An Aphrodisiac Blend

Green-veined White

Green-veined White Butterfly
Photo: Charlesjsharp

The pheromones of female moths have been extensively studied. Many contain blends of the isomers of a single chemical. The correct ratio of the isomers is necessary to maximize a behavioral response. In many butterflies, the male, not the female produces a scent that is used in mate recognition. Males of Pieris napi, (the green-veined white butterfly) emit the cis and trans isomers of citral: neral and geranial. For females to respond, both isomers must be emitted. A 1:1 ratio elicits the greatest response. The requirement for more than one chemical in a specific ratio enables a female to differentiate a courting male from plants or other sources of citral.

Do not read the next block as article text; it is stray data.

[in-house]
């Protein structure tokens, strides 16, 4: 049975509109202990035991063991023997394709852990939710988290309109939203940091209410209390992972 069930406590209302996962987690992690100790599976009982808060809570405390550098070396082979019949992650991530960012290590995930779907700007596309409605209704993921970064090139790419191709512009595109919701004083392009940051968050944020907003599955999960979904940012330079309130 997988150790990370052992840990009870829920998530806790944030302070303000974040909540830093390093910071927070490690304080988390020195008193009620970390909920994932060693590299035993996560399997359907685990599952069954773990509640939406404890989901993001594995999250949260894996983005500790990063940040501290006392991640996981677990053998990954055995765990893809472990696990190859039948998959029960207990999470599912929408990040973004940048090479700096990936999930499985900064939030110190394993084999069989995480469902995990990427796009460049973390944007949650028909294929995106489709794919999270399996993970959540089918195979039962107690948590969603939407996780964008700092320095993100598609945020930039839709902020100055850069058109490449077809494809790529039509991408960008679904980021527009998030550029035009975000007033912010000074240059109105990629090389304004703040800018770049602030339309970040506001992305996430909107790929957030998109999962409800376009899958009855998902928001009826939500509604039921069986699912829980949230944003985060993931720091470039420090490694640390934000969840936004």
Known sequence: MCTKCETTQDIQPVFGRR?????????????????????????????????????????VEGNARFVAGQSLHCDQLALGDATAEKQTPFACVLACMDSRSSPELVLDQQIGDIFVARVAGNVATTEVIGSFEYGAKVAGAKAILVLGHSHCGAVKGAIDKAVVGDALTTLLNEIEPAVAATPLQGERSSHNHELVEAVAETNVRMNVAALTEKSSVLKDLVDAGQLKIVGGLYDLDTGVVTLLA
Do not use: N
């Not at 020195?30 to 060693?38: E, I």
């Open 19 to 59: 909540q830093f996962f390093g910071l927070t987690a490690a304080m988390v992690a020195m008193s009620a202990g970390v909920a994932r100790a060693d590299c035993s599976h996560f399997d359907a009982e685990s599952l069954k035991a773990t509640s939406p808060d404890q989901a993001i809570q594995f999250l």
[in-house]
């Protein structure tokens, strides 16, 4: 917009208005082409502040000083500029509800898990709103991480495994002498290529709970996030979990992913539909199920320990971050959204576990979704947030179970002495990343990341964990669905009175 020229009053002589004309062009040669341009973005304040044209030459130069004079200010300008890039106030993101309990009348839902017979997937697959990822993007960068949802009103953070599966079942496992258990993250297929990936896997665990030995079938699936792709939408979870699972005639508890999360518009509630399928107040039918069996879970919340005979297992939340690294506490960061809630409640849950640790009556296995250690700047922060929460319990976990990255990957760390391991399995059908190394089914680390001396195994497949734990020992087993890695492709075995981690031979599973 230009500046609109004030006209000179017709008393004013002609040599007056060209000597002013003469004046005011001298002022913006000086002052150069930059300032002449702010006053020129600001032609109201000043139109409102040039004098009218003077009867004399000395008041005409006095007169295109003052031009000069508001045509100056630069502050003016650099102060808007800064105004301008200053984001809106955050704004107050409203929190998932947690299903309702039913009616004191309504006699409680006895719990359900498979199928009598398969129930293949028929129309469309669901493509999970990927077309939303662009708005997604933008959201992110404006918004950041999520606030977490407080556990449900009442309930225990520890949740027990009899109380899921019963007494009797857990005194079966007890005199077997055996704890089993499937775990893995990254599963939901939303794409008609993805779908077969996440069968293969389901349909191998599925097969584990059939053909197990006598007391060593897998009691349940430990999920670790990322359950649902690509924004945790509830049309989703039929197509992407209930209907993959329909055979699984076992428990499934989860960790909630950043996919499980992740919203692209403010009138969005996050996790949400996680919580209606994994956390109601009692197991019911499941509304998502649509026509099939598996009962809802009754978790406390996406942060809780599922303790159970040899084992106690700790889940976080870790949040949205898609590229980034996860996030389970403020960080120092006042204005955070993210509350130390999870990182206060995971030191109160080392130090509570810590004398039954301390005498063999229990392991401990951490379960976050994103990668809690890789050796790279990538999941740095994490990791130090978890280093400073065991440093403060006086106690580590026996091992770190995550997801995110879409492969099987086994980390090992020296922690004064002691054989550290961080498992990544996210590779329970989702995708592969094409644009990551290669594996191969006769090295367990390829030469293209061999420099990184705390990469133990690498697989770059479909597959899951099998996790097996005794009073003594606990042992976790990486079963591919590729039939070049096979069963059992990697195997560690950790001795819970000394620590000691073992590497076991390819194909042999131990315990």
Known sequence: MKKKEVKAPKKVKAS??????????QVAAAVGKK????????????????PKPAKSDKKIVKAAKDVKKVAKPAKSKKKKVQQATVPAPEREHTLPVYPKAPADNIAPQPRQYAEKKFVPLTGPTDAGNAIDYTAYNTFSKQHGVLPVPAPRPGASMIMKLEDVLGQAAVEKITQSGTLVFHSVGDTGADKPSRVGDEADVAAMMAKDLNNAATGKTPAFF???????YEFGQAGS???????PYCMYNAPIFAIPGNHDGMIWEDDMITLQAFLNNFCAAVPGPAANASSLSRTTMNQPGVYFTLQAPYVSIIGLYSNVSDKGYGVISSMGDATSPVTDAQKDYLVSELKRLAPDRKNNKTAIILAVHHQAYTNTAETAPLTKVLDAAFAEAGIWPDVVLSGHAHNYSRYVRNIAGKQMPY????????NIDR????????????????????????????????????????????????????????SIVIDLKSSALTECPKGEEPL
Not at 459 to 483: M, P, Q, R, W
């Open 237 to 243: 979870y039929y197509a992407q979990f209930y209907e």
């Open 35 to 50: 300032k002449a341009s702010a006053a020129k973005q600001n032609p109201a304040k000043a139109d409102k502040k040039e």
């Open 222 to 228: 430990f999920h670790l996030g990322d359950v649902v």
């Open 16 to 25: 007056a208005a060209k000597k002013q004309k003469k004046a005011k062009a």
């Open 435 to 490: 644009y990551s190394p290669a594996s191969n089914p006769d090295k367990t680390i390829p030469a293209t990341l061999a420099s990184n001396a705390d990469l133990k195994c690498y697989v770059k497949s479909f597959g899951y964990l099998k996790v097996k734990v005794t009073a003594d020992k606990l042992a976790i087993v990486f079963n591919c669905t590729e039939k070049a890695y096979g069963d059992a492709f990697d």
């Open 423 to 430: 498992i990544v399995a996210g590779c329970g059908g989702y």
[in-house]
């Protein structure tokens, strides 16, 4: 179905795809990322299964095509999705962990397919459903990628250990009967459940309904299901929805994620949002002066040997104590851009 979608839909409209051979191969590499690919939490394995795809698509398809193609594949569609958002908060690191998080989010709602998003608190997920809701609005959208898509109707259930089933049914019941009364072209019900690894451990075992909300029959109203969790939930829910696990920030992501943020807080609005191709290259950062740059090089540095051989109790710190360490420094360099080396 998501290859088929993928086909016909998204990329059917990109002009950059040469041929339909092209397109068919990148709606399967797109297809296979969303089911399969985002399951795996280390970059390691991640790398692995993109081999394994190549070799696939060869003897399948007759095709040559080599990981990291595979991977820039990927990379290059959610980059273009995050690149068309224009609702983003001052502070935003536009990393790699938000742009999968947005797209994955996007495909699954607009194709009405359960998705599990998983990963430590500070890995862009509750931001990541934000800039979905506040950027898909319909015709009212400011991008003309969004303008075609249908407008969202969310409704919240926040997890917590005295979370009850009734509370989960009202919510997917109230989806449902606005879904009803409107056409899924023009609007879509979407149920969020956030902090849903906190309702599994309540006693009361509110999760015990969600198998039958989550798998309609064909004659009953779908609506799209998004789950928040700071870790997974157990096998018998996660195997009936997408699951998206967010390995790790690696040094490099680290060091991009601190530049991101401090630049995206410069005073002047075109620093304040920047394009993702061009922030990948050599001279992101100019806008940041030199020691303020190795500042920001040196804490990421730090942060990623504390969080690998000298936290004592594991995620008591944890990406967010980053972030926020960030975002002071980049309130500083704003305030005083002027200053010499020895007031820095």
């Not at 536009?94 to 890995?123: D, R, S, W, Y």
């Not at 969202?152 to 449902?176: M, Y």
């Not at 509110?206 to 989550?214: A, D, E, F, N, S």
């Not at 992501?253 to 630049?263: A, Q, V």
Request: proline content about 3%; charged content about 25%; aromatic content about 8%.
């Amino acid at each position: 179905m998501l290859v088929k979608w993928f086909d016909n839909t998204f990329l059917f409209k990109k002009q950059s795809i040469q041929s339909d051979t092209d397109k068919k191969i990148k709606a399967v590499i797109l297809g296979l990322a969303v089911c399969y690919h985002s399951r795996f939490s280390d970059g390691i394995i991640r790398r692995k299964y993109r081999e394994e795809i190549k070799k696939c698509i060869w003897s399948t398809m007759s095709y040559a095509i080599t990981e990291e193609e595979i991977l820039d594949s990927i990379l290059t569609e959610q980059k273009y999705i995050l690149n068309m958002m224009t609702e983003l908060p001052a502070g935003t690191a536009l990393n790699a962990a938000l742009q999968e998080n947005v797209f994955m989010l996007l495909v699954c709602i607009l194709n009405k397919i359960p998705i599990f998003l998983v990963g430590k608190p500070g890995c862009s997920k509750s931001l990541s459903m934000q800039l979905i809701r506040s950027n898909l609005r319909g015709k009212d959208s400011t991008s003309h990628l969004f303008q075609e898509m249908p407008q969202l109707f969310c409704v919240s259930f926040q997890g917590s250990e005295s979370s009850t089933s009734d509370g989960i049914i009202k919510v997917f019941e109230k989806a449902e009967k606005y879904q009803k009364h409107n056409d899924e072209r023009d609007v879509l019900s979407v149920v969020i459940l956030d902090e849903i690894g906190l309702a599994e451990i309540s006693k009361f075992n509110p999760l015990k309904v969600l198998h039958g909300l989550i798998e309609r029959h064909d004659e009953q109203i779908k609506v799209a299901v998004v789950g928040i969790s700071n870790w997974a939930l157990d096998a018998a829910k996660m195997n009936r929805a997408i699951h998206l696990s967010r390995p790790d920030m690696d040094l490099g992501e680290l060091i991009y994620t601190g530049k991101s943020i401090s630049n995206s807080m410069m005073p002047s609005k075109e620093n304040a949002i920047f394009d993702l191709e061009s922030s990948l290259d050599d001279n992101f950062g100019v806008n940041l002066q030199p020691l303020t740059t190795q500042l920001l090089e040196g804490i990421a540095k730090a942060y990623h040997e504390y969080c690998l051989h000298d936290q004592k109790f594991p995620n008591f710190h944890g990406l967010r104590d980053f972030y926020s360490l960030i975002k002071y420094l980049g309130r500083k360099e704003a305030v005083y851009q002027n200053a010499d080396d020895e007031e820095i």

*Helena Larsdotter-Mellström,Kerstin Eriksson, Ilme Liblikas I, Christer Wiklund, Anna K. Borg-Karlson, Sören Nylin, Niklas Janz,1 and Mikael A. Carlsson. It’s All in the Mix: Blend-Specific Behavioral Response to a Sexual Pheromone in a Butterfly. Front Physiol. 2016; 7: 68.
doi:  10.3389/fphys.2016.00068

About jjneal

Jonathan Neal is an Associate Professor of Entomology at Purdue University and author of the textbook, Living With Insects (2010). This blog is a forum to communicate about the intersection of insects with people and policy. This is a personal blog. The opinions and materials posted here are those of the author and are in no way connected with those of my employer.
This entry was posted in behavior, Biomaterials, by jjneal. Bookmark the permalink.

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